Trademark is used to identify the goods of one manufacturer from the goods of others. It is like a brand name. They are important for business as they allow the companies to establish the reputation of the products which they produce. They include words, symbols, logos, numerals etc. they appear on the product or its packaging. Anything that specifically helps in identification of a company can be a trademark. It can be for goods or services. Due to the presence of trademark the companies do not have to worry that an inferior product might lower the reputation or profit by misleading the consumers.
But in recent times, there have been an increase presence of infringement of trademark in the country. Trademark violations have become common in the country as the wrongdoers use similar trademark of a certain product as their own so that they get monetary benefit on the basis of the products’ reputation.
As seen in the case Gufic Private Limited and Anr. Versus Vasu Healthcare Limited (Notice of Motion No. 399 of 2013 in Suit No. 164 of 2013 decided on 28.03.2016) where the plaintiff was using the trademark SALLAKI for a long time as an ayurvedic tablet that works as a pain reliever. Gufic claimed that it learnt of the Defendant’s, i.e., Vasu Healthcare Limited, preparation having the mark ‘SHALLAKI’ in May 2009. The plaintiff hasd filed for grant of injunction. But according to the judge it was a matter of the mark being descriptive or not.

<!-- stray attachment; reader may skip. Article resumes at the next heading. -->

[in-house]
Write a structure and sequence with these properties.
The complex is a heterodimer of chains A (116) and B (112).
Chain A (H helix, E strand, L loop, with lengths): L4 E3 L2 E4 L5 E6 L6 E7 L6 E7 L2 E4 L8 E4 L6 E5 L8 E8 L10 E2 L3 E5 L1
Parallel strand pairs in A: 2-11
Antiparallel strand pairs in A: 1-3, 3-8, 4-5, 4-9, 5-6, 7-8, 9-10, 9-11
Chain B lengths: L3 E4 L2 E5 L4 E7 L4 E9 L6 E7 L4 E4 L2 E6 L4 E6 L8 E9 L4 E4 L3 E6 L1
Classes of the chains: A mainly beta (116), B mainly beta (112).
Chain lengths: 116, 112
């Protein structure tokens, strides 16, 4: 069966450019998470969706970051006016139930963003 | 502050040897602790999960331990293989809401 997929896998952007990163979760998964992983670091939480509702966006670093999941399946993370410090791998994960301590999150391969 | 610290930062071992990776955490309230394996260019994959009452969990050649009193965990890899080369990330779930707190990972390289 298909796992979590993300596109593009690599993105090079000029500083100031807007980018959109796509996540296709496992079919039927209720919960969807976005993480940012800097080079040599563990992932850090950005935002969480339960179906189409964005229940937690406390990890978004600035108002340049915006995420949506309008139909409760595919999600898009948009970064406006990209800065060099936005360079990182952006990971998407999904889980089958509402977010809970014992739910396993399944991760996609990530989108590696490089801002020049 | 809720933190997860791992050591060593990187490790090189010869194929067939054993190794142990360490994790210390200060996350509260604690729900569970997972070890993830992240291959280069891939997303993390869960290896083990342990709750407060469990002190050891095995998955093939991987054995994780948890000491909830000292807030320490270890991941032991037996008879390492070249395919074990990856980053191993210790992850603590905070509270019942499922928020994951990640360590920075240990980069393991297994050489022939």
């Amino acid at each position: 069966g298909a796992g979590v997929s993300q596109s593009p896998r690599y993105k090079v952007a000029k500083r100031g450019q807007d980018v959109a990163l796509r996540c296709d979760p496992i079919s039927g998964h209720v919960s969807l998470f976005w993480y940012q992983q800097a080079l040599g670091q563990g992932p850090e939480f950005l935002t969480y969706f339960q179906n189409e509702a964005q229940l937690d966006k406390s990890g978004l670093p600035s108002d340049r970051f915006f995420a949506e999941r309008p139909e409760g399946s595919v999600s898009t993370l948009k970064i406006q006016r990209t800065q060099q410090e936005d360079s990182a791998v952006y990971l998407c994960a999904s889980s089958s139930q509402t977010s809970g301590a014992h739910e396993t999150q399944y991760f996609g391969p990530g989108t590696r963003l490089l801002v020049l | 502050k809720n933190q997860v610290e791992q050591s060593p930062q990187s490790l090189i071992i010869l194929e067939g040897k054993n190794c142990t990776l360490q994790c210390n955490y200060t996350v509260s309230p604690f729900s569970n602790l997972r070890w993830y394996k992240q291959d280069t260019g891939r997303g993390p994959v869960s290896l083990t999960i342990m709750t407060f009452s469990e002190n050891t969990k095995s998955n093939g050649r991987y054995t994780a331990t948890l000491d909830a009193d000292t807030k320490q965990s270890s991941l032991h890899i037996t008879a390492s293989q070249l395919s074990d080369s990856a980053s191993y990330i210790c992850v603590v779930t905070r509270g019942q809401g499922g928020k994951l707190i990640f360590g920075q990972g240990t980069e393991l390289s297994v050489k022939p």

The plaintiff argued that they had earned considerable amount of goodwill and reputation due to the product. And the name itself wasn’t descriptive as it had acquired a secondary meaning due to its descriptive use. However, the defendants were of the view that SALLAKI was a descriptive name and does not deserve protection. They said that the plant from which the ayurvedic medicine was derived is called SALLAKI in Sanskrit which was given by the Indian Council for Medical Research’s review of medicinal plants. Also another private publication had stated that the Sanskrit name of the plant is Sallak.